Epigenetics nurture takes the spotlight  was the topic of an article recently titled “Are we a Product of our DNA or our Environment?” The Human Genome was a huge study that had the goal of understanding how DNA makes complex creatures like humans. Instead, it created more questions than it answered as is typically the case in science.  Scientists began to realize that the turning ON/OFF of genes played a far more important role in understanding humans than did the DNA alone. Genes can be turned ON/OFF in different ways and in combinations. This is very similar to complex computer programming, a subject I am very familiar with.  Doctor Jean Pierre-Issa at the M.D. Anderson Cancer Center states, “You cannot genetically tell my skin from my eyes or my teeth, yet these are very different cells. They behave differently”. Each cells DNA is the same but the epigenetics is very different resulting in different cellular distinctions.

We have been discussing this switching ON/OFF of our genes in this BLOG. It is called epigenetics. Dr. Jean Pierre-Issa says “The DNA itself remains intact, yet the way in which each gene functions is controlled by chemical signals. To date, the best known epigenetic processes are methylation, the addition or removal of chemical tags on the DNA chain, and chromatin (histone) modification, which alters chromatin structure. Methylation turns genes ON and OFF like a switch and chromatin wraps around the gene and shrinks it so it cannot be used (seen) by the body.”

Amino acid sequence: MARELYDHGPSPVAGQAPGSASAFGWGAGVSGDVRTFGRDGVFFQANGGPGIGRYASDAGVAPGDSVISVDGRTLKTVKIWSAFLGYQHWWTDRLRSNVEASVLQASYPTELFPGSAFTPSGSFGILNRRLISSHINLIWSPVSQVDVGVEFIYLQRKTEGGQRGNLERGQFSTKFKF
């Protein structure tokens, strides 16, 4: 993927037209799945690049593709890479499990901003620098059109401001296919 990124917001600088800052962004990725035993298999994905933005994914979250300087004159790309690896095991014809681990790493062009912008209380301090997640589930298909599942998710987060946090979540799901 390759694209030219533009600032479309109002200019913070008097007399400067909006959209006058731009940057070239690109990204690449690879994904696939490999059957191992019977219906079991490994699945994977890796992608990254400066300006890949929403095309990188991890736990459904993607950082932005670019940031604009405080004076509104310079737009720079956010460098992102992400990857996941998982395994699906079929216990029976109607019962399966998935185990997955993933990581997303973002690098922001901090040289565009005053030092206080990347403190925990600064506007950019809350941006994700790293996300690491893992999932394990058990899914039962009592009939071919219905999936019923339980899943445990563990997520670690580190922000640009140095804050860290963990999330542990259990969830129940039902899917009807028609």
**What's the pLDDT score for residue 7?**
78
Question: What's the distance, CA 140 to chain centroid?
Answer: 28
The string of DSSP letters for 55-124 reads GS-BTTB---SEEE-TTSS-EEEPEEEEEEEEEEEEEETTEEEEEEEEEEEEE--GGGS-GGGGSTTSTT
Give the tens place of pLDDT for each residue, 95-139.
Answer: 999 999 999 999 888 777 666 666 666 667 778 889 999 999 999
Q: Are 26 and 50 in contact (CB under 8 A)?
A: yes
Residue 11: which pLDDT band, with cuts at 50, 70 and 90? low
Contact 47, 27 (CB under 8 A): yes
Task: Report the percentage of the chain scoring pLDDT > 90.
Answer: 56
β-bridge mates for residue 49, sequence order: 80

Dr. Jirtle PhD, the Director of the Laboratory of Epigenetics and Imprinting as Duke University states “Diet is not the only environmental factor that has provoked interest as a possible link to gene function and health. It has been found that the quality of maternal care “can trigger epigenetic signals – sometimes with profound psychological and physical effects”. So nurturing our young is a critical factor in their well-being.”

Scientists have always known about the epigenetic triggers even before the term epigenetics was used.  It was believed that the DNA genes held more promise than the triggers (epigenetics). We now know that it is all about the epigenetics. The epigenome project has begun but will take far more time than the genome project took. What will we learn from this project? More answers or more questions? What do you think?